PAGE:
Senator Merkley’s comments

“Today is a big day for Amer­i­ca,” said Sen­a­tor Jeff Merkley of Ore­gon, Wyden’s seat­mate. “For the first time, the U.S. Sen­ate has passed major leg­is­la­tion to remake our ener­gy sys­tem — and to do so while also low­er­ing health care costs and cre­at­ing good-pay­ing, fam­i­ly wage jobs, all paid for by ensur­ing bil­lion­aires and big cor­po­ra­tions pay their fair share in taxes.”

“We’re tak­ing on Big Phar­ma to low­er drug prices. This bill starts the process of nego­ti­at­ing pre­scrip­tion drug prices and caps out-of-pock­et costs for pre­scrip­tions at $2,000 a year for seniors on Medicare.”

“Addi­tion­al­ly, it helps mid­dle class fam­i­lies get afford­able insur­ance cov­er­age by extend­ing key tax cred­its and pre­vent­ing big cost increas­es that would have hit fam­i­lies this fall. This bill is a big win for afford­able health care, and we need to keep build­ing on it. Amer­i­can tax­pay­ers con­tribute more than the cit­i­zens of any oth­er nation in the world to research and devel­op­ment of drugs.”

“They deserve the best prices in the world, not the worst.”

“We’re going to tran­si­tion to clean ener­gy and cre­ate high-qual­i­ty union jobs while we do it. Year after year, I’ve seen my home state of Ore­gon and oth­er states across the West dec­i­mat­ed by mega wild­fires and record droughts.”

“In oth­er parts of the coun­try, we’ve seen super­storms, sea rise, and unprece­dent­ed flood­ing. Cli­mate chaos is here, and we have to act now to save lives and liveli­hoods from cat­a­stro­phe. This bill is the most sig­nif­i­cant piece of cli­mate leg­is­la­tion ever passed through the U.S. Sen­ate and final­ly puts us on a path to tran­si­tion to clean and renew­able energy.”

Evergreen Action’s reaction

“This is a his­toric moment for cli­mate action, and a turn­ing point in Amer­i­can cli­mate pol­i­cy,” said Ever­green Action’s Jamal Raad.

“Today, the Sen­ate passed the largest cli­mate invest­ment in his­to­ry — by far. This is the end of a decades-long road to pass a cli­mate bill, but it’s only the begin­ning of the road towards achiev­ing the green­house gas pol­lu­tion reduc­tions that sci­ence demands and build­ing a bet­ter future for us all.”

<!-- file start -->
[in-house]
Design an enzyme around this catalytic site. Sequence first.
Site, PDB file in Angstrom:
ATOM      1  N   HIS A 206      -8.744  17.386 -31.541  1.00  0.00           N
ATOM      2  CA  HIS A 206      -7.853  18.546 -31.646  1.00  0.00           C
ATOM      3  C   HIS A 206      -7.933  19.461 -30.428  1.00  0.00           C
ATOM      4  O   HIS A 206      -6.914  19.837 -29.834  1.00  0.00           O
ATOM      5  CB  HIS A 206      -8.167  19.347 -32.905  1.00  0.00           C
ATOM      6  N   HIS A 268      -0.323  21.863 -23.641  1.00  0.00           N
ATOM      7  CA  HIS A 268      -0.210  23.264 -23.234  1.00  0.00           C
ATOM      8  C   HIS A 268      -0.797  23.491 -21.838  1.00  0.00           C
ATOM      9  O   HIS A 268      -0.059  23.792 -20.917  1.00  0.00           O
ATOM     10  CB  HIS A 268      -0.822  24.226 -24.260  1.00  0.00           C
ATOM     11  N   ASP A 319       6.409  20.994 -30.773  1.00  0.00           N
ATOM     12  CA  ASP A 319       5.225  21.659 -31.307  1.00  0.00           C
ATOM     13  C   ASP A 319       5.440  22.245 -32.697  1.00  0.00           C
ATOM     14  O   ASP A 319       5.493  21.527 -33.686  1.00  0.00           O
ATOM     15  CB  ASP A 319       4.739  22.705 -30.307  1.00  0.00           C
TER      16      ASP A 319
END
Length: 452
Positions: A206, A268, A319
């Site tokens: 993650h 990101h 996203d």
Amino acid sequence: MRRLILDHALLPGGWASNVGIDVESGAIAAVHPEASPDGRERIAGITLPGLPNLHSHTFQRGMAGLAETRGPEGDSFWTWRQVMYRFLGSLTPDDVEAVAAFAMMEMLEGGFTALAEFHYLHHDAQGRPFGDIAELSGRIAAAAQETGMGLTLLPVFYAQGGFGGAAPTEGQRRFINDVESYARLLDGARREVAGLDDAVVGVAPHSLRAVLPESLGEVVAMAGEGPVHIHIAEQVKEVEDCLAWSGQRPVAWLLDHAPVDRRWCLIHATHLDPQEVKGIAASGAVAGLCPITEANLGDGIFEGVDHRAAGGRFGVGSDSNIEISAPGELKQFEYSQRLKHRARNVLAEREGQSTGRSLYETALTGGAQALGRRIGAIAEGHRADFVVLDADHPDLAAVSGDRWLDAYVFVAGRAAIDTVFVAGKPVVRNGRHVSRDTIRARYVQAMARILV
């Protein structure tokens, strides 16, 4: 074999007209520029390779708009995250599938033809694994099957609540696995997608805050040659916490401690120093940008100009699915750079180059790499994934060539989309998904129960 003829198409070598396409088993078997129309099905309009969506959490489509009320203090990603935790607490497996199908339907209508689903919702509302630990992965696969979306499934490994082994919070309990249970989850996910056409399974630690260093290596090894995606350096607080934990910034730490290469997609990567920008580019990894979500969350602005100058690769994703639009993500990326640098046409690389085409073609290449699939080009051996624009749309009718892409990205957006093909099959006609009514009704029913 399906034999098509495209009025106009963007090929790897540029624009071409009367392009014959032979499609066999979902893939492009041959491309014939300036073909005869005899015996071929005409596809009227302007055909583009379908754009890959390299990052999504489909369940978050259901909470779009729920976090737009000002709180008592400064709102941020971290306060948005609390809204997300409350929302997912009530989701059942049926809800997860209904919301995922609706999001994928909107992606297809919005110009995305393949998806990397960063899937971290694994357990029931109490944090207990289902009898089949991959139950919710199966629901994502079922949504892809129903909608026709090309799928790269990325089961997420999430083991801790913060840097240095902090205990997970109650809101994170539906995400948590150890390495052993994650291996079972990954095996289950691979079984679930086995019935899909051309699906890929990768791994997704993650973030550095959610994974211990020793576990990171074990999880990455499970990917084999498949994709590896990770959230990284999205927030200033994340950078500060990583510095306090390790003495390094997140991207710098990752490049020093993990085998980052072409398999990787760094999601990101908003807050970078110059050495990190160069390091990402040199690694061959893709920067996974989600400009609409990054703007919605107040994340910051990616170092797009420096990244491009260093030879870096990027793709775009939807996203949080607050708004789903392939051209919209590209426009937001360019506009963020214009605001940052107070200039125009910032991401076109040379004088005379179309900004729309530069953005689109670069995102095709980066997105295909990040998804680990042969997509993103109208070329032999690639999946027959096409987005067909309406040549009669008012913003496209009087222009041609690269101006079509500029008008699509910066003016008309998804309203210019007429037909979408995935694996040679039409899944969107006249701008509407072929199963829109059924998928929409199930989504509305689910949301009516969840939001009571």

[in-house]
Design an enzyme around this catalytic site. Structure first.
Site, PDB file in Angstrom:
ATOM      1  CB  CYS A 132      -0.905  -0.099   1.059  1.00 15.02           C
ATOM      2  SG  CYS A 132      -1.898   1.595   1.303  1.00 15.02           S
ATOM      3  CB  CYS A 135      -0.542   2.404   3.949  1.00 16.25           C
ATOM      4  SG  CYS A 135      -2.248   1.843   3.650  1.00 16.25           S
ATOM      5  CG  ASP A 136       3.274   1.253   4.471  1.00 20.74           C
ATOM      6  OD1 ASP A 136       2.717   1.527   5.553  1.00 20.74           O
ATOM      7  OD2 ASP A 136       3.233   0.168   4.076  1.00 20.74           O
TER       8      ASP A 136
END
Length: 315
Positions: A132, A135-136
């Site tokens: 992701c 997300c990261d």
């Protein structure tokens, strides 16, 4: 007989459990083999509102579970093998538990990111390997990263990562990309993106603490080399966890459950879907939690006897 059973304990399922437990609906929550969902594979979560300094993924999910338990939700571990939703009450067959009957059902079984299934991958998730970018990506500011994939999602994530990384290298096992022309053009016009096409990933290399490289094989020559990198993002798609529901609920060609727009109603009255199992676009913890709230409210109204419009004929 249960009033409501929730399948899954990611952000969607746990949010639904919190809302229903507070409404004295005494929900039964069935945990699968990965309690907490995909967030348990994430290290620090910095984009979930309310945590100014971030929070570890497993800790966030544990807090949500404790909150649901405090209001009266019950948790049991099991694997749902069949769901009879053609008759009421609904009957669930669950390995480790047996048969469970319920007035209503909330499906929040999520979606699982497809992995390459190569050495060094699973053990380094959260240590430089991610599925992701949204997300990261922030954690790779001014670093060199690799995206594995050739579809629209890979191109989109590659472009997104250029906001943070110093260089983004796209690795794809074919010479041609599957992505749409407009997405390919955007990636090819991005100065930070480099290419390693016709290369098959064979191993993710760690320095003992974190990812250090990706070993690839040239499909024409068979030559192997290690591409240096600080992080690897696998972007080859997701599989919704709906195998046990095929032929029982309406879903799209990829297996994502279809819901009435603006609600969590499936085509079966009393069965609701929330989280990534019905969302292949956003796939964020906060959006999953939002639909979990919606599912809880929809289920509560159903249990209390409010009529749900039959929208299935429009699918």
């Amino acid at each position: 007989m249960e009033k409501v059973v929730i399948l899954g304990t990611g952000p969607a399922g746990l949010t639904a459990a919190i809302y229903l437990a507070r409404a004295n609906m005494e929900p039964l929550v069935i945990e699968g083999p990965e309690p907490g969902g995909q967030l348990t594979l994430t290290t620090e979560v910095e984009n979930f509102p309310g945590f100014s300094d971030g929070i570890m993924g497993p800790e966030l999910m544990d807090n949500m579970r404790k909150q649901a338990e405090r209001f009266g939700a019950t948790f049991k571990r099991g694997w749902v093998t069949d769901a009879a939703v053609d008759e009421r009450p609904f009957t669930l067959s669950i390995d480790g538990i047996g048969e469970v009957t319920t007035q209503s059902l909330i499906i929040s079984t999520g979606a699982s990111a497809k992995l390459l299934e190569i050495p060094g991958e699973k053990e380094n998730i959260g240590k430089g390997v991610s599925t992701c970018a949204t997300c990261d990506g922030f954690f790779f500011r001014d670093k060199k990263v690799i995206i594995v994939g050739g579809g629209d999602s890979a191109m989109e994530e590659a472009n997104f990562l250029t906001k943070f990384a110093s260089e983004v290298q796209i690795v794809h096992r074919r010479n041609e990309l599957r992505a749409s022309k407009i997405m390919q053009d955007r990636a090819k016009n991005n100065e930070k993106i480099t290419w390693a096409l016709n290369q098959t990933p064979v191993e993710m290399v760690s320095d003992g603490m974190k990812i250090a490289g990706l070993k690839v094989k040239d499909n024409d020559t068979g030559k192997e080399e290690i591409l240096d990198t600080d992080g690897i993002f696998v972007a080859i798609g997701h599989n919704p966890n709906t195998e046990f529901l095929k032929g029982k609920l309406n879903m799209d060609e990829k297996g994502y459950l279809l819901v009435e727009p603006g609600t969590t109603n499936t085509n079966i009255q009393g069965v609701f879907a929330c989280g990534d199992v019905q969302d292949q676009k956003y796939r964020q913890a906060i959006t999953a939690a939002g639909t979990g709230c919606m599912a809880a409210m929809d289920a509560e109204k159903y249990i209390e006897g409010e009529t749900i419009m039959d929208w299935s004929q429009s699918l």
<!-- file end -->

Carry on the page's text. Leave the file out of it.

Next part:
NPI’s position

The North­west Pro­gres­sive Insti­tute sup­ports the Infla­tion Reduc­tion Act of 2022. This land­mark bill will advance Amer­i­ca’s efforts to meet its moral oblig­a­tion to tack­le the cli­mate cri­sis and will final­ly allow Medicare to nego­ti­ate pre­scrip­tion drug costs, which will help mil­lions of Amer­i­cans in the years to come. Final­ly, this bill actu­al­ly makes our tax code fair­er for a change, increas­ing fund­ing for the Inter­nal Rev­enue Ser­vice and putting us on a path to greater fis­cal responsibility.

We look for­ward to House pas­sage and the White House sign­ing ceremony.

Sunday, August 7th, 2022

Last Week In Congress: How Cascadia’s U.S. lawmakers voted (August 1st-5th)

Good morn­ing! Here’s how Cascadia’s Mem­bers of Con­gress vot­ed on major issues on July 29th and dur­ing the leg­isla­tive week end­ing August 5th, 2022.

In the United States House of Representatives (July 29th)

Chamber of the United States House of Representatives

The House cham­ber (U.S. Con­gress photo)

The House was in recess last week, but before it recessed the week before, it took sev­er­al votes that were not in last Sun­day’s report. 

These Fri­day, July 29th votes are shown below. 

WILDFIRES AND WATER MANAGEMENT: The House on July 29th passed the Wild­fire Response and Drought Resilien­cy Act (H.R. 5118), spon­sored by Rep­re­sen­ta­tive Joe Neguse, D‑Colorado, to autho­rize var­i­ous water man­age­ment projects and change fed­er­al wildlife pro­grams, includ­ing increas­ing fire­fight­er wages. Neguse called the bill “anoth­er major effort to act on cli­mate by respond­ing to record-set­ting wild­fires and drought that are impact­ing com­mu­ni­ties across our coun­try.” An oppo­nent, Rep­re­sen­ta­tive Bruce West­er­man, R‑Arkansas, said it “does absolute­ly noth­ing to pre­vent wild­fires or sig­nif­i­cant­ly improve our resilien­cy to drought.” The vote was 218 yeas to 199 nays.

The State of Idaho

Vot­ing Nay (2): Repub­li­can Rep­re­sen­ta­tives Russ Fulcher and Mike Simpson

The State of Oregon

Vot­ing Aye (3): Demo­c­ra­t­ic Rep­re­sen­ta­tives Suzanne Bonam­i­ci, Earl Blu­me­nauer, and Peter DeFazio